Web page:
Friday, July 27, 2007

JFK and School

From my book, "Resilience - The Life of a Mexican American" :

In fifth grade, we studied politics and the Nixon and Kennedy Presidential Campaign. Mr Somes didn’t tell us his preference of candidate. He let each of us decide who we thought was best based on the issues.

After reviewing the issues, the class was divided about 50 – 50. I decided I liked Senator Kennedy best. He was a man who was for the people.

I wrote Senator Kennedy a letter letting him know what we were doing in class. I also said I would vote for him if I were old enough.

A few weeks later, Mom said an envelope came for me. It was in a brown envelope about eight inches long and six inches wide. I never received mail for me before. Excitedly, I opened up the envelope. It contained a letter from Senator Kennedy thanking me for my letter and a signed, autographed picture of him.

I showed everyone in my family the letter and the picture. I also showed everyone at school my new prized possession.

When I brought the picture home, I proudly hung his picture up on the wall in my bedroom.

At this same time, Dad watched the news every night. He liked Walter Cronkite and told us he was an honest man.

Senator Kennedy came to Lansing that summer for his Presidential Campaign. I begged Gloria to take me downtown to the Capital to see him. Thousands of people had the same idea. We were all on the Capital lawn listening to his speech. We felt like we were watching history when he visited.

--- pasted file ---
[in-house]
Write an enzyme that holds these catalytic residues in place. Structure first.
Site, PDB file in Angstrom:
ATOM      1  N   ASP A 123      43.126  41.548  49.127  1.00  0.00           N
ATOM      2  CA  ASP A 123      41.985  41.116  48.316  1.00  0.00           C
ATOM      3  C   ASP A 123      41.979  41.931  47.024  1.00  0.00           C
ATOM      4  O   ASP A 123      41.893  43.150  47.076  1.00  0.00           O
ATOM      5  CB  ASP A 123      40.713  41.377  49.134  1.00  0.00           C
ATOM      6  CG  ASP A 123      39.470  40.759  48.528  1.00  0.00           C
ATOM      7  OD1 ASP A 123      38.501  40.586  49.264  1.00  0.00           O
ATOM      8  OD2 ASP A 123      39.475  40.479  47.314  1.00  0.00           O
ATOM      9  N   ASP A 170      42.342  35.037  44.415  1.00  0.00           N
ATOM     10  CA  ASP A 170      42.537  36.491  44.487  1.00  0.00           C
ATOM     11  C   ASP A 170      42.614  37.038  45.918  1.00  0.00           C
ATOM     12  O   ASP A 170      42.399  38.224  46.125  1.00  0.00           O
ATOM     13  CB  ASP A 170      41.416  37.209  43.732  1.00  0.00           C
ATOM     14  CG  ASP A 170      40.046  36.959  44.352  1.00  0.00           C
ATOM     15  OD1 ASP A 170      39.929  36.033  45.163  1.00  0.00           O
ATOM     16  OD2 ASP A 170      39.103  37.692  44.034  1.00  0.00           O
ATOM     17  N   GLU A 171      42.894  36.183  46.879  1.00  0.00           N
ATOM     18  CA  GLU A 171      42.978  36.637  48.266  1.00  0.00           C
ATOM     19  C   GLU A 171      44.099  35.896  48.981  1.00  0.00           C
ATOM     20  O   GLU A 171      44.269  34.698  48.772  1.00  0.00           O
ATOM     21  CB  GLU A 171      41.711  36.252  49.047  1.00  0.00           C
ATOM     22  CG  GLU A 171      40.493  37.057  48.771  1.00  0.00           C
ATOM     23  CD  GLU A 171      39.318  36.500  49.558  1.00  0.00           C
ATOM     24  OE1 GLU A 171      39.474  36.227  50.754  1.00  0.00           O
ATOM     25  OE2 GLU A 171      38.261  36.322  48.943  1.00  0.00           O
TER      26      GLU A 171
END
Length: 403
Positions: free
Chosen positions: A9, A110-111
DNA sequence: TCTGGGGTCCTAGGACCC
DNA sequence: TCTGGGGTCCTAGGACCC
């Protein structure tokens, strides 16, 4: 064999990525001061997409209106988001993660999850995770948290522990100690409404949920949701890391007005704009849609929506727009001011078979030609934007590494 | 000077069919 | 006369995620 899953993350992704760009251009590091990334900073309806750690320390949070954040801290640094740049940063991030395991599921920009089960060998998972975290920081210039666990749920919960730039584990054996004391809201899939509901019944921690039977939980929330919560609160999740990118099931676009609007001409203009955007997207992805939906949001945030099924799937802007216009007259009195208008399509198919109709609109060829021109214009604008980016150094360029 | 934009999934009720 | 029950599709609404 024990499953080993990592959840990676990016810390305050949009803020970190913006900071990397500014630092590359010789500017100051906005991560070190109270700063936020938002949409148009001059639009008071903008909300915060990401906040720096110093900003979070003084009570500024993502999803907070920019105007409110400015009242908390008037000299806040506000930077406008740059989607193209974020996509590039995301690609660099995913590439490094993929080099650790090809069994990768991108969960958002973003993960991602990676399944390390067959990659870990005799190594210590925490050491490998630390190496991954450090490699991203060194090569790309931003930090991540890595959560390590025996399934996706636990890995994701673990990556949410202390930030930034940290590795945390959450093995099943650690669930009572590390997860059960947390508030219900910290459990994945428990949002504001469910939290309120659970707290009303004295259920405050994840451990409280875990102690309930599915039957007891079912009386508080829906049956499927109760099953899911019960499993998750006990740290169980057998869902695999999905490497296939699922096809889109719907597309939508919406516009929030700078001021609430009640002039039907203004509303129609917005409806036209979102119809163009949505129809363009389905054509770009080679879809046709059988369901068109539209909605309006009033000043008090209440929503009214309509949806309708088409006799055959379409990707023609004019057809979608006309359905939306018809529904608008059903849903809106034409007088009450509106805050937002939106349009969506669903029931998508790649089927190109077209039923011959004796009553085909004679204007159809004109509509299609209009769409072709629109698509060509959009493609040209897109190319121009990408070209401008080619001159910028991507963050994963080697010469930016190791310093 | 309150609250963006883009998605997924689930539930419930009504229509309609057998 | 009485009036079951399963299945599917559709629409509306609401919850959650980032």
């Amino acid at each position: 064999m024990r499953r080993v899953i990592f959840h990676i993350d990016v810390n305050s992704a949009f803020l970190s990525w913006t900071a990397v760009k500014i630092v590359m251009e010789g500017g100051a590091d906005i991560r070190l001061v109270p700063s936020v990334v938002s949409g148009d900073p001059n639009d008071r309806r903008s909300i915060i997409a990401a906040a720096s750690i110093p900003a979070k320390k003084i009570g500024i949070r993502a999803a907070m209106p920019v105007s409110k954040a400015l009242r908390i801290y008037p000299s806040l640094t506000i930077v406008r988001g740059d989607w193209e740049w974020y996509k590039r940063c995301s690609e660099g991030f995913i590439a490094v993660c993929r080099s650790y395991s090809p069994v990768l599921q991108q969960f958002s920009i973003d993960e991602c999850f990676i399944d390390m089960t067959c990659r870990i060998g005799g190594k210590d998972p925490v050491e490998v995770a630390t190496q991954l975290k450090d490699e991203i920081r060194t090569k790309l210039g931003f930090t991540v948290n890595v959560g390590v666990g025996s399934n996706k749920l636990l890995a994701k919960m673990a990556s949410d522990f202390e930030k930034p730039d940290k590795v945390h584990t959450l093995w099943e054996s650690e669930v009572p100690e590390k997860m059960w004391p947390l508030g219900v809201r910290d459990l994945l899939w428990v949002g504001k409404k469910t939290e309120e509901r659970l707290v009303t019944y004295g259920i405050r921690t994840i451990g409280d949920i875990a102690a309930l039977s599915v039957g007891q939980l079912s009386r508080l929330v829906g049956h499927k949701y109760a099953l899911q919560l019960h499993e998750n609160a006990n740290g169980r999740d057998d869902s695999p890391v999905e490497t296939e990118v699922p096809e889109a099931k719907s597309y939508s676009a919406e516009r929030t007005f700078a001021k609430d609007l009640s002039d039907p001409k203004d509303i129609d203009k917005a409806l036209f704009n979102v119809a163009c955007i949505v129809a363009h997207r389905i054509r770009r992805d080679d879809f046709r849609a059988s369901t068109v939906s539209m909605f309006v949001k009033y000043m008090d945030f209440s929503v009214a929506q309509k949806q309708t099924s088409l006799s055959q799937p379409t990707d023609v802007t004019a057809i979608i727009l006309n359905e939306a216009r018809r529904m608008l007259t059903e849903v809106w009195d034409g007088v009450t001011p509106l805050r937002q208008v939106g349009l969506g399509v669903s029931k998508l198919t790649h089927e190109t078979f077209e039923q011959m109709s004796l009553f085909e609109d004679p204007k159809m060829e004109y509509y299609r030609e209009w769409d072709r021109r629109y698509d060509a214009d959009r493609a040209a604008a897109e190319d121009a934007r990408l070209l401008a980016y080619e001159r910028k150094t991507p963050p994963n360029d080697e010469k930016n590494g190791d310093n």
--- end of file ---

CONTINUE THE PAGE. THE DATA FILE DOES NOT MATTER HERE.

My parents said they were voting for Senator Kennedy for President. That fall, we were so excited when Kennedy won. We all knew my father voted for him and we felt we had a personal stake in this election.

Mr. Somes was my teacher in both fifth and sixth grade, so we followed the campaign through to the election. This made the whole event very relevant for all of his students.

In sixth grade, Mr. Somes, always so caring about all his students, made learning fun and our group remained friends throughout the entire schoolyear.

5 comments:

ultima said...

I think it is generally understood that the Daley machine in Chicago delivered that election to Kennedy and that there was ample evidence to support a recount to ferret out all the fictitious names and other irregularities. The election in Illinois was so close that this easily could have tipped the entire election into Nixon's column. Nixon was enough of a statesman to decline this opportunity for a recount.

Dee said...

Ultima, Are you always opposite of me? I loved JFK. I became interested in politics because of him. I suppose you think nothing suspicious happened in FL for "W".

You are the only person I have ever heard say Nixon was a statesman.

But you know what? When I was all up in arms against Nixon and Watergate, my Dad said to me, "Honor the Office and do not disrespect the man." (That was my Dad and I miss him!)

Dee said...

Then, when we watched him on TV as he was giving his good-bye speech, I was doing my best to conceal my approval of his leaving. Dad again admonished me and said "Isn´t it enough he is leaving in disgrace."

My Dad was so wise. He always, always advised me stop and contemplate the events.

Imigrante said...

Rock 'n' roll will never die!
http://imigrante.blogspot.com

Dee said...

Hi Immigrante,
Thank you for visiting my blog. Come by often and lets talk about the immigration issues. I am wondering what your opinions are.
xxxooo
Dee

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